interfaces.

The solver used for the CFD model was CFDRC’s CFD
-
ACE+. CFD
-
ACE+ uses the pressure
-
based
formulation o
f the Navier
-
Stokes system of equations, appropriate for incompressible flows, to solve for the solution
domain primitive variables. The solution domain is divided into control volumes according to the grid defined in
CFD
-
GEOM, and the governing equations
are numerically integrated over each control volume. Finite difference
equations are formulated for each control volume cell, and an iterative solution method is used to sequentially solve
the equation sets for each primitive variable.

For the HiReTS CFD

model, the flow, turbulence, heat transfer, and chemistry modules were activated in CFD
-
ACE+. The assumptions for the flow module include incompressible, viscous, fully developed flow. The velocity
profile obtained in the analytical model was included in

the CFD model as a fixed flow inlet boundary condition. A
zero pressure gradient condition was assumed at the flow outlet. The wall interface is modeled as a no slip condition,
such that the velocity of the fluid at the wall is zero. The assumptions for t
he turbulence module include a turbulent
intensity (
T
I
) of 2%, an inlet free stream kinetic energy (
K
) calculated to be 0.1 m
2
/sec
2
, and an inlet dissipation
rate (

) calculated to be 52.2 J/
kg
-
sec. The standard
K
-


model was used to formulate the turbulent flow
transport equations. The boundary conditions for the heat transfer module include adiabatic tube ends, a constant
fuel inlet temperature,
and a uniform heat flux applied to the outer diameter of the tube. The values of the fuel inlet
temperature and the applied heat flux are those determined from the heat transfer model.

A global kinetic model based on the work of Krazinski et al. and Zhou
and Krishnan was incorporated into the
CFD
-
ACE+ gas
-
phase chemistry module. The gas
-
phase chemistry was activated rather than the liquid
-
phase
chemistry because liquid
-
phase chemistry assumes a dilute solution, which is not the case in this application.
F
urthermore, the production of deposit precursor species is not accounted for in the mass balance for liquid
-
phase
chemistry. A constant Schmidt number of 0.7 was assumed for the mass diffusion. A mixture representing air
-
saturated Jet A fuel was defined
in which a baseline oxygen concentration of 50 wppm was used for the inlet oxygen
concentration.
2

This represents an oxygen mass fraction of 5.0E
-
5. The resulting mass fraction of Jet A is then
0.99995.

The first step in Krazinski’s model is the homog
eneous bulk fuel reaction. This reaction was included in the
chemistry module as a volume reaction. The stoichiometric equation is given by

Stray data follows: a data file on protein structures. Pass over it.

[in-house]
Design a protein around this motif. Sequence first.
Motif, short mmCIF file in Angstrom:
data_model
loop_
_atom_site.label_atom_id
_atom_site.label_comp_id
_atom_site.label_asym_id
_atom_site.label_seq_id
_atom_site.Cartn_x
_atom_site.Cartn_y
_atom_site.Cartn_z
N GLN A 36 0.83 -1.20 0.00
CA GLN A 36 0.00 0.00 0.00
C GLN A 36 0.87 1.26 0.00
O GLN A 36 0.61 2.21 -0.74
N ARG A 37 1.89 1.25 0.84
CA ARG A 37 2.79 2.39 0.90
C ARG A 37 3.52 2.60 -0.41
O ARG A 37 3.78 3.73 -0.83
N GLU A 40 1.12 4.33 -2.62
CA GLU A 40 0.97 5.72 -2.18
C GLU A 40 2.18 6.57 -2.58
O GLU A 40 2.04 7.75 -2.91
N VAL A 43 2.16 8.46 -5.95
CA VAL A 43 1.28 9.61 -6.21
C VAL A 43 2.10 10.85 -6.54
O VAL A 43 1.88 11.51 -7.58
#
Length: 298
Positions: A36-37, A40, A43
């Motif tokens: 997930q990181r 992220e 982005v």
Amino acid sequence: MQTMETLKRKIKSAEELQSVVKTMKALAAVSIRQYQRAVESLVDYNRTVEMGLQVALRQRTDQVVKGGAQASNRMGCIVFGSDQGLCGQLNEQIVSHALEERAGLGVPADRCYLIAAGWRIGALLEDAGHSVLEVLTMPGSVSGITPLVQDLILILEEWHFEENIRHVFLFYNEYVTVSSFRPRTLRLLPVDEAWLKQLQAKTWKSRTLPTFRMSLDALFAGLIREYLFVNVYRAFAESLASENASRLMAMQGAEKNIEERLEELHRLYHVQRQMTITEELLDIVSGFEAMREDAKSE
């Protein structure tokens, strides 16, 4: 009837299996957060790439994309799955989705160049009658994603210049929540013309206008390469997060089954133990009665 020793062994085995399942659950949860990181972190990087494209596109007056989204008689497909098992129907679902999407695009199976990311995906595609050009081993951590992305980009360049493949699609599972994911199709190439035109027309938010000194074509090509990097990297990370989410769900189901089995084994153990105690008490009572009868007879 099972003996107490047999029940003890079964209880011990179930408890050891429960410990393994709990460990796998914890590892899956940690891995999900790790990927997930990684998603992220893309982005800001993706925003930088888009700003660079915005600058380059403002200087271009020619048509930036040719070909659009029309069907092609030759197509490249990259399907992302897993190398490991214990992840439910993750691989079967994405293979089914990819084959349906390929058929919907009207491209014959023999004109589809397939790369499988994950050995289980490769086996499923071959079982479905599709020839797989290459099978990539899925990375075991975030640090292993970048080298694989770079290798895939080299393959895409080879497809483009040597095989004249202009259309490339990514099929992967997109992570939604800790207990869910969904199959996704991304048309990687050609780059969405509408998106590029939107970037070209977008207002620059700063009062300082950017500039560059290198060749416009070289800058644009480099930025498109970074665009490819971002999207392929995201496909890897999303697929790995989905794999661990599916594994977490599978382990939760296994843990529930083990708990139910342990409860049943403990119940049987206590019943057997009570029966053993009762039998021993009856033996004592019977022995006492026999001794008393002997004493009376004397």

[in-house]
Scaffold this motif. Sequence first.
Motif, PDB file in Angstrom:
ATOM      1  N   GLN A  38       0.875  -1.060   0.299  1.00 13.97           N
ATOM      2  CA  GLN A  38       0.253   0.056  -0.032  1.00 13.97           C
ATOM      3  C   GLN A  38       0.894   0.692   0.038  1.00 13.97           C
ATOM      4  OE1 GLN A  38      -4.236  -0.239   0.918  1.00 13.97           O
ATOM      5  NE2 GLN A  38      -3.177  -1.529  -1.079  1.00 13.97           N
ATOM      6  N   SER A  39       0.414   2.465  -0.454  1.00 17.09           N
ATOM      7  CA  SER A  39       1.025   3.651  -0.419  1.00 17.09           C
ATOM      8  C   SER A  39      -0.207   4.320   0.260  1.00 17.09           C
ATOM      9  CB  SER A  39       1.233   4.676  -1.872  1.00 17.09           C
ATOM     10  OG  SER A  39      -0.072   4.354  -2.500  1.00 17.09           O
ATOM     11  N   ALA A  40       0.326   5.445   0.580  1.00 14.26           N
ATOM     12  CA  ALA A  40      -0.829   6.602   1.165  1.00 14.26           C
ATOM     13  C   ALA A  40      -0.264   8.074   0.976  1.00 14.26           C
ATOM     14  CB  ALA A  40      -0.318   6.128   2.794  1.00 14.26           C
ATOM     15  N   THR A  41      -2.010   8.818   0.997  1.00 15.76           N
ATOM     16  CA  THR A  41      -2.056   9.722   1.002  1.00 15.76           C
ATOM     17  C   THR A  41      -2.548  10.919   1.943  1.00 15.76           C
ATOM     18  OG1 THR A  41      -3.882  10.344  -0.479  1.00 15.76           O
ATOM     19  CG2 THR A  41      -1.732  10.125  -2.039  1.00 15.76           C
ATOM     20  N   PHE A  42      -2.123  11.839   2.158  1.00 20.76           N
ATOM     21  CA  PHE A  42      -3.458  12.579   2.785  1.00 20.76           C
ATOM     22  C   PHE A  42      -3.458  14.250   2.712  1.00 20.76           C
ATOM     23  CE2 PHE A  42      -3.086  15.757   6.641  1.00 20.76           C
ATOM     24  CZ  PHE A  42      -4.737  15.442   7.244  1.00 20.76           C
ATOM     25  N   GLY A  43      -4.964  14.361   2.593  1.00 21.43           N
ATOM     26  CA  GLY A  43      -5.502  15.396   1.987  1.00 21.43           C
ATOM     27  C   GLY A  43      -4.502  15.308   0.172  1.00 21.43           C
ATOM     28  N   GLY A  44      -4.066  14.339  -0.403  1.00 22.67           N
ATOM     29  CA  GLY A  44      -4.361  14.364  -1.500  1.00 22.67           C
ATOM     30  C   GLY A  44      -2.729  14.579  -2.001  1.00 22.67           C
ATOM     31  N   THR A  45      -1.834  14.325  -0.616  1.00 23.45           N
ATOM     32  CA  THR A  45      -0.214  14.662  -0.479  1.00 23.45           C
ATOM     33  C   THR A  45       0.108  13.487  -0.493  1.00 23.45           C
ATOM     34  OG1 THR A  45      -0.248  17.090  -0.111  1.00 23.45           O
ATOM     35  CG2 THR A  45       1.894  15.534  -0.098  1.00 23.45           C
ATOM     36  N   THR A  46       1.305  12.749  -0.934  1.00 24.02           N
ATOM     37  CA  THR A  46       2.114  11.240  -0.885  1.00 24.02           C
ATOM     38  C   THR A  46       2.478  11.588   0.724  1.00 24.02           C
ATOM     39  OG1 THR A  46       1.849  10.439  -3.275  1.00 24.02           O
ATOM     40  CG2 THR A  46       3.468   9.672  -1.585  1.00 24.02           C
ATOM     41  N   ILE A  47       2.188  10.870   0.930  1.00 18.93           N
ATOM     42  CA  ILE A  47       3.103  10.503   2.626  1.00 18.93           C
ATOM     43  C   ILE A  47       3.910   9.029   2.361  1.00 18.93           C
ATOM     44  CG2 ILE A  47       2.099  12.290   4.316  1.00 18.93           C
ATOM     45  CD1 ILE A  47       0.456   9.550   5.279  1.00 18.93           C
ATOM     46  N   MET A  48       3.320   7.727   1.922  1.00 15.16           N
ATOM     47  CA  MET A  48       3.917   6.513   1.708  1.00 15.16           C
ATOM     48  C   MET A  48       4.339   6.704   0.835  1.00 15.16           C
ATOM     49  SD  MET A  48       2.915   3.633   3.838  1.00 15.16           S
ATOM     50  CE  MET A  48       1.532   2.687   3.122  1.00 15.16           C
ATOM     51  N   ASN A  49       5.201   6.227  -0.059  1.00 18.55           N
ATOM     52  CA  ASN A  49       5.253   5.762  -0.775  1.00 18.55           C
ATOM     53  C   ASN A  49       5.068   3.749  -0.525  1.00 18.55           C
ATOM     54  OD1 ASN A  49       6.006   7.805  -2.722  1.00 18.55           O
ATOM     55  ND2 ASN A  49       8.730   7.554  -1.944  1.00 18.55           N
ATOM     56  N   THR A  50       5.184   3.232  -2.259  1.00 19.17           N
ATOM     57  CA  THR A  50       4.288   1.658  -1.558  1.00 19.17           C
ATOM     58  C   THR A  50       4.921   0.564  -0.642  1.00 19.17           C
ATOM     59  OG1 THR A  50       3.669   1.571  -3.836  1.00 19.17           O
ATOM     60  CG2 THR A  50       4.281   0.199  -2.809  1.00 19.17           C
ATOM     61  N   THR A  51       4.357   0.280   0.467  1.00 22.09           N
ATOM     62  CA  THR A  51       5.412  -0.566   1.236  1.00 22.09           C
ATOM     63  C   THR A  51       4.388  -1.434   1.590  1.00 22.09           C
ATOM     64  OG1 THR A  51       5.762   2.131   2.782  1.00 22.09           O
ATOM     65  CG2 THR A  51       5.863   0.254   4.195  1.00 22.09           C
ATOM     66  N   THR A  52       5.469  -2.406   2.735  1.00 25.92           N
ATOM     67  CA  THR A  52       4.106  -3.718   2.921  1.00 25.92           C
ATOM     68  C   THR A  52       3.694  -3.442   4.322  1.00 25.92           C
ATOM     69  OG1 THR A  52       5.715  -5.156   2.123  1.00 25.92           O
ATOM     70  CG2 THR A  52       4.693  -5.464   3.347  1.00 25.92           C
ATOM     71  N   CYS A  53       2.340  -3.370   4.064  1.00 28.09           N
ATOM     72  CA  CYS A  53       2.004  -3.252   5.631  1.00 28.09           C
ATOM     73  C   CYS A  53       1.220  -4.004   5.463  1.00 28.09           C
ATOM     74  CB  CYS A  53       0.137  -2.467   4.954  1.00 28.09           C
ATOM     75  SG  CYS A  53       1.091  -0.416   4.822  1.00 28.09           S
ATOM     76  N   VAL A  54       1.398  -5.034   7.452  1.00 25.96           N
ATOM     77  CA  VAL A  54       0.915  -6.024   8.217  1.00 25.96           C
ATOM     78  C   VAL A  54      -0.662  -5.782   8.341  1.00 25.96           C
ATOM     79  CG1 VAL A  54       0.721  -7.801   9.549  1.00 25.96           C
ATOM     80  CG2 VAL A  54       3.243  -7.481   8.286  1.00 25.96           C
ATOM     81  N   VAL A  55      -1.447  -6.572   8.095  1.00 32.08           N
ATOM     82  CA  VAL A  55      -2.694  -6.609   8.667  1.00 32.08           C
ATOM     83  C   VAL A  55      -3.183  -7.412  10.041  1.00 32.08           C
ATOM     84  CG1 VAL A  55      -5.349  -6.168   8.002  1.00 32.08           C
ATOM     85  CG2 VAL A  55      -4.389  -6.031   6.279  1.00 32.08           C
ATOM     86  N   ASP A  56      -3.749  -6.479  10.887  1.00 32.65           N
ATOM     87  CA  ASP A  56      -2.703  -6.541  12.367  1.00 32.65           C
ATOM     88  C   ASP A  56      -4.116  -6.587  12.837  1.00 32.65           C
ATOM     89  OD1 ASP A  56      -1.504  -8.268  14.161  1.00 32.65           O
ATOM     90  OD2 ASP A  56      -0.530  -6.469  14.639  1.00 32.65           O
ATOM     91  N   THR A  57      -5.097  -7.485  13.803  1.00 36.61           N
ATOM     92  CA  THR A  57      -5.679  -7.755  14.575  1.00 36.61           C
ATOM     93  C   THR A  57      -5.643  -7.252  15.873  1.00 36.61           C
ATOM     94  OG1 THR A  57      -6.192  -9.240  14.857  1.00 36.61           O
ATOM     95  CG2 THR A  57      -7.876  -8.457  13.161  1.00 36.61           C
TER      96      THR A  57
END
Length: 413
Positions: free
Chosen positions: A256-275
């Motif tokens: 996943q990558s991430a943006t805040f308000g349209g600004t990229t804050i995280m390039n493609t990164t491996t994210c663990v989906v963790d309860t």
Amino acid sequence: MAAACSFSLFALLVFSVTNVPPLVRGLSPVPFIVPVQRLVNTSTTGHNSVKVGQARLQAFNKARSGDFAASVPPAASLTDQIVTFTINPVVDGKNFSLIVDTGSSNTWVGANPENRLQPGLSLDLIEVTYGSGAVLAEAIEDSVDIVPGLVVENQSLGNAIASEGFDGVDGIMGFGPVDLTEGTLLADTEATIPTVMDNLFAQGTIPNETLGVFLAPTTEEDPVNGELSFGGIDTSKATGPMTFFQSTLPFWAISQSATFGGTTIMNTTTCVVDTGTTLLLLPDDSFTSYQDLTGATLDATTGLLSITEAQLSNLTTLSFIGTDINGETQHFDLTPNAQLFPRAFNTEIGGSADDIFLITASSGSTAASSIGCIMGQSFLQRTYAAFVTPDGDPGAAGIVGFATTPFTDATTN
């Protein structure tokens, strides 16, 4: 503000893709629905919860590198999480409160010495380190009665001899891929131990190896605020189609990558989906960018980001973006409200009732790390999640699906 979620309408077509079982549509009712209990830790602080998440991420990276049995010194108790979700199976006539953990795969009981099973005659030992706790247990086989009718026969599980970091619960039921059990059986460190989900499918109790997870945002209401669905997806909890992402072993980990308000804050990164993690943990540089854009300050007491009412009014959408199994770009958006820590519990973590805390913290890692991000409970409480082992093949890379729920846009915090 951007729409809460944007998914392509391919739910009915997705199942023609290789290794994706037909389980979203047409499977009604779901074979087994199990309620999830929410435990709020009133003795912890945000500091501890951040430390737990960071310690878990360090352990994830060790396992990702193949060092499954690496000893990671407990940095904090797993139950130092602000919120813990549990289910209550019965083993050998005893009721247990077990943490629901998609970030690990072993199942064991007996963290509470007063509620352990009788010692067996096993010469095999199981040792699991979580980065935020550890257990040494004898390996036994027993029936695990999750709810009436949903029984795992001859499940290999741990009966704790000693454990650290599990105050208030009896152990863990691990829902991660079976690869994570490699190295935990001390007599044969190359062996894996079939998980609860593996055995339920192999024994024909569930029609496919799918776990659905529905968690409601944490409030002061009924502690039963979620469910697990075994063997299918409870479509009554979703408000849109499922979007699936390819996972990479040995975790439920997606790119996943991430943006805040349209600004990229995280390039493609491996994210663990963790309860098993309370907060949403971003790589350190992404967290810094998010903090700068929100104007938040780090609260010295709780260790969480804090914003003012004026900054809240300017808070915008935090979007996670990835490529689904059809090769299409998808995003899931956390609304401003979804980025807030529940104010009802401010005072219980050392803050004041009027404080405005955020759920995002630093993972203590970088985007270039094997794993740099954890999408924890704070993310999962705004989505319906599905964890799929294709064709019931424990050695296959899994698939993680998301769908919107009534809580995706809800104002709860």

O
H
C
O
H
C
2
2
26
12
13
12
5
.
6




,

(2)

where the hydrocarbon fuel species,
26
12
H
C
, represents an n
-
dodeca
ne particle, which is similar to an aviation fuel
particle. The volume reaction source term,
1
f
S
, is given by








1
1
2
26
12
1
1
1
exp
b
b
b
a
b
b
f
O
H
C
RT
E
A
S









,

(3)

where
1
b
A

is the pre
-
exponential constant for the bulk reaction,
1
b
E

is the activation energy for the bulk reaction,
R

is the universal gas constant,
T

is the fuel temperature,


26
12
H
C

is the fuel concentration,


2
O

is the oxyge
n
concentration,
1
b
a

is the order of the reaction with respect to the fuel, and
1
b
b

is the order of the reaction with respect
to the oxidizer. The parameters
sec
10
5
.
2
3
1


m
kmol
E
A
b
,
K
R
E
b
16112
/
1

,
1
1

b
a
, and
0
1

b
b

were defined for
the Jet A bulk fuel reaction as was done by Zhou and Krishnan. Zhou and Krishnan identified a second step for the

6

formation of deposit precursors in the bulk fuel. In the CFD model, the stoic
hiometric equation used to represent
this second step is




1
C
C

,

(4)

and the corresponding volume reaction source term,
2
f
S
, is






2
2
2
2
exp
b
a
b
b
f
C
RT
E
A
S









.

(5)

sec
5
0
.
8
2
E
A
b

,
K
R
E
b
7553
/
2

, and
1
2

b
a

were used for the Jet A bulk fuel reaction.
4

The product in Eq. (4),


1
C
, represents energized deposit precursors.

The tube wall surface reaction is also represented by two global reaction steps, which are includ
ed in the model
as boundary conditions. The first reaction represents the deposition of the bulk fuel deposit precursors onto the tube
wall. This reaction is represented by the equation






B
C
C

1


(6)

and the deposition rate,
1
Dep
, is defined by






1
)
1
(
exp
1
1
1
w
a
w
w
C
RT
E
A
Dep









.

(7)

In Eq. (7),
1
w
A

is the pre
-
exponential constant for deposition,
1
w
E

is the activation energy for deposition,